Inner lamp focus

If we pause long enough to take inventory of our lives, why get up in the morning? What drives our lives? Jesus’ Sermon on the Mount is both frank and realistic. People embody different answers.

Whatever driving force might guide our life, Jesus called it our “lamp.” He then drilled down into the profound significance of how our lamp impacts us.  Isn’t that just like him?

Each of us holds within our hands a lamp that shapes how we live. Jesus described our lamp as being where we choose to focus “our eye” (Matthew 6:22). What are the people around you focused upon?  What about us? If we are honest, it really isn’t hard to figure out.

People naturally focus upon whatever or whomever they believe are really, really, really valuable in protecting their lives or making them significant.   For some this will be money. Others might look to relationships, or the ability to wield influence or perhaps even one’s own skills and strength.

Regardless of where our focus is, Jesus accurately captures its impact. It will fill our whole being and direct the pattern of our decisions and behaviors. How true!

Let’s not be over-simplistic. People commonly place value upon a wide variety of tangibles and intangibles ranging from family, good health, comfort, employment and so forth.

Yet, neither Jesus nor anthropologists permit us to dismiss the reality that each of us possesses an overarching guiding allegiance determining how we order our priorities and values. When Jesus speaks of our eye and the resulting light from its lamp, it is this supreme value he has in mind. And it is this ultimate driving force within our lives, this guiding lamp with its light that Jesus would later unveil as being nothing less than our master. As he logically revealed, it is impossible to have two masters.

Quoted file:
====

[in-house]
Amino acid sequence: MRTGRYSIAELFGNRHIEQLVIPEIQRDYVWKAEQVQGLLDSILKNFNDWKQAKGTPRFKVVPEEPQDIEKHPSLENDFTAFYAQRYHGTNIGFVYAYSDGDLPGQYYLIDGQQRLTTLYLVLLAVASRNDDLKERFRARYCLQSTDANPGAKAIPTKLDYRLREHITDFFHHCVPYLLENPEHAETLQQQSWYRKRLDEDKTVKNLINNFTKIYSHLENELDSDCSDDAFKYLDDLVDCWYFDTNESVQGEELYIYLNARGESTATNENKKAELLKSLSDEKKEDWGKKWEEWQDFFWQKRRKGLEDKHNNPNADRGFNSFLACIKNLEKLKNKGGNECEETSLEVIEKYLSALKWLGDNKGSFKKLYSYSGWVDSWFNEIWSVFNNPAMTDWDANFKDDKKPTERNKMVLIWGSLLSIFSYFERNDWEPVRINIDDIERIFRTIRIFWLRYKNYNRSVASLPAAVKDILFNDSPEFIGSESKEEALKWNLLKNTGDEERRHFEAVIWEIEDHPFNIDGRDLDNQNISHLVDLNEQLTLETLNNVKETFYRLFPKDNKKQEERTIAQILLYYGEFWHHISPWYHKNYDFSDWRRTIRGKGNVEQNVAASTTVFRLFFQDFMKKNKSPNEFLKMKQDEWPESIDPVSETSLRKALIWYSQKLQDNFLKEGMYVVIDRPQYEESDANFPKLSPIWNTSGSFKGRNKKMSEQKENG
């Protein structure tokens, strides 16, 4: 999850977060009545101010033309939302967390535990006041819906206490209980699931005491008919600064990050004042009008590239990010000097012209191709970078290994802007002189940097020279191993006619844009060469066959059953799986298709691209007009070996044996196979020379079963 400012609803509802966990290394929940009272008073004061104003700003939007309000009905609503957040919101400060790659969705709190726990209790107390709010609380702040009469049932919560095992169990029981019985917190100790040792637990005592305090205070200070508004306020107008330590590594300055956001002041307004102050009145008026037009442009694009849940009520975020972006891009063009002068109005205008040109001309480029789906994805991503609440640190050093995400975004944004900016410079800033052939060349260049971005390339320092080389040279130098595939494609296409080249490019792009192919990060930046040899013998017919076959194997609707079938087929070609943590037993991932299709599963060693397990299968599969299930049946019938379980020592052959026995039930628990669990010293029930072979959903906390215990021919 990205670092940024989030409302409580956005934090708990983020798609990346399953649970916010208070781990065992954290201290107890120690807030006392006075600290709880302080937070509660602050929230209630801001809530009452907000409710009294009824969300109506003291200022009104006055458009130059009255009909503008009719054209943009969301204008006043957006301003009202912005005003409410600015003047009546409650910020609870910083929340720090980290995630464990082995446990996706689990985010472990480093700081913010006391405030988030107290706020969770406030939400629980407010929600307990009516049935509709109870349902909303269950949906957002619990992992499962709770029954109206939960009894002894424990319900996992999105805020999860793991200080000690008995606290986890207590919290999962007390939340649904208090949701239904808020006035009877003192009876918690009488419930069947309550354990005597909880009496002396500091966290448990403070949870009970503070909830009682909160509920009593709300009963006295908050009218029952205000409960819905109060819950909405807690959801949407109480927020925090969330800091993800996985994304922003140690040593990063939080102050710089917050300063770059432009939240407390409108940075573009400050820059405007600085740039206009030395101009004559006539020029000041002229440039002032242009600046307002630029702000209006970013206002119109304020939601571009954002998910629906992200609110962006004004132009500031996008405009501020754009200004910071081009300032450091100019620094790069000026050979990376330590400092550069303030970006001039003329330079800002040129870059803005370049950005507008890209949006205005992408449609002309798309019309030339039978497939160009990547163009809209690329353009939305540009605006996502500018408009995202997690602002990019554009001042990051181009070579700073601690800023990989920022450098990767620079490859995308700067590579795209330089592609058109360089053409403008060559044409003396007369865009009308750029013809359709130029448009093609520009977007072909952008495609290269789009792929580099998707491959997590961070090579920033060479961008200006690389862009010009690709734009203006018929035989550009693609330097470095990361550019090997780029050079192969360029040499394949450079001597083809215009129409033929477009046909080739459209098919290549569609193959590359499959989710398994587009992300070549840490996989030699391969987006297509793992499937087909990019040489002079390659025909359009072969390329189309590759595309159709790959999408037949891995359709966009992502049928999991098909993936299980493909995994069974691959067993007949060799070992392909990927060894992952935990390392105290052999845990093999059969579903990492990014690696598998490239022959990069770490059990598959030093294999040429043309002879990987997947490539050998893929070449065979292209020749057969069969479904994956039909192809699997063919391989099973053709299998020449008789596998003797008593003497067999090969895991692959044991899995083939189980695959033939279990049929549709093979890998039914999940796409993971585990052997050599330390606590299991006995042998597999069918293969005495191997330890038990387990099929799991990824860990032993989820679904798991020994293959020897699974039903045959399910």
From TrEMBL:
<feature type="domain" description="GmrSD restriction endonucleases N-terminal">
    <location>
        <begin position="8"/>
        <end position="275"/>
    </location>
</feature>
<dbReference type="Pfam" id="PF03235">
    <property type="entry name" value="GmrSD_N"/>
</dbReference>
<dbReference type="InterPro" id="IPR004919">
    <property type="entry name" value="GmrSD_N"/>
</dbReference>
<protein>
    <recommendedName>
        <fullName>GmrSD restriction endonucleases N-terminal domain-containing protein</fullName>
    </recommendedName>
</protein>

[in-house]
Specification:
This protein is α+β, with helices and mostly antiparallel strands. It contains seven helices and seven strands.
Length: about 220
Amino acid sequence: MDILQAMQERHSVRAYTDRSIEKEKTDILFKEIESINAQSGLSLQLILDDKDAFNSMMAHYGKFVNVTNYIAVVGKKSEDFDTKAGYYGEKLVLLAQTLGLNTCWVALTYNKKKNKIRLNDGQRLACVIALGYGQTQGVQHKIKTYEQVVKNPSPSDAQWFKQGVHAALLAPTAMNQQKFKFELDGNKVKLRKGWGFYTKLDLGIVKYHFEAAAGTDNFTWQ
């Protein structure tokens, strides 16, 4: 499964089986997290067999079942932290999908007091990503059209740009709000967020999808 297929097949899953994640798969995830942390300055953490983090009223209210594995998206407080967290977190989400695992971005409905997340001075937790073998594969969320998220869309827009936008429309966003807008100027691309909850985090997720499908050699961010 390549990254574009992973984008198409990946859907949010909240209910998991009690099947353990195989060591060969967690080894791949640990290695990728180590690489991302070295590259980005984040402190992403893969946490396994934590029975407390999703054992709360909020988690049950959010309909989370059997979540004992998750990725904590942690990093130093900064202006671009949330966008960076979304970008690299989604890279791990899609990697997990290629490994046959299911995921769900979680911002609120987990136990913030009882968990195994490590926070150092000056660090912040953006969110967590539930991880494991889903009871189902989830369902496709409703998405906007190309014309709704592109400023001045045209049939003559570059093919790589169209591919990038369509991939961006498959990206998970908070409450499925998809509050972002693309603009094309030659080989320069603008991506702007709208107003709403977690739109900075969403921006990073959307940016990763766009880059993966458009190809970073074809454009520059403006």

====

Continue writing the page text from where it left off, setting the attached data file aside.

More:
When the Son of God looked at human life, he realized that wherever people choose to place their focus will determine whether their whole being is filled with a genuine and whole healthiness or a great consuming darkness. Accordingly he counseled against, or should we say he warned against, allowing our hearts to be driven by treasuring earthly tangibles.

Immediately the self-defensive mechanisms of earthly-driven lamps kick in. “You have to be realistic.” “God helps those who help themselves,” meaning focus on what you want and get with the program.

Jesus knows we need powerful truths if we are going to change our lamps. So he appealed to our sense of security by pointing out that heavenly investments are more reliable (Matthew 6:19-20). He counsels us to jettison all of our worries under the powerful promise that God will provide what we need, if we will seek his kingdom first (Matthew 6:25,31-33).

Yes, we are to work. Yes, we are to be meaningfully engaged with people and creation. However, all of this is lived out under new management, One from above. Creation is not the reason, but the means used in serving God.

Since our allegiance with its subservient values arise from our beliefs, what all of this really boils down to is this. What do we believe are the deepest truths?  Who or what do we really believe is capable of taking care of us? This creates where our hearts will dream and focus upon our treasure.


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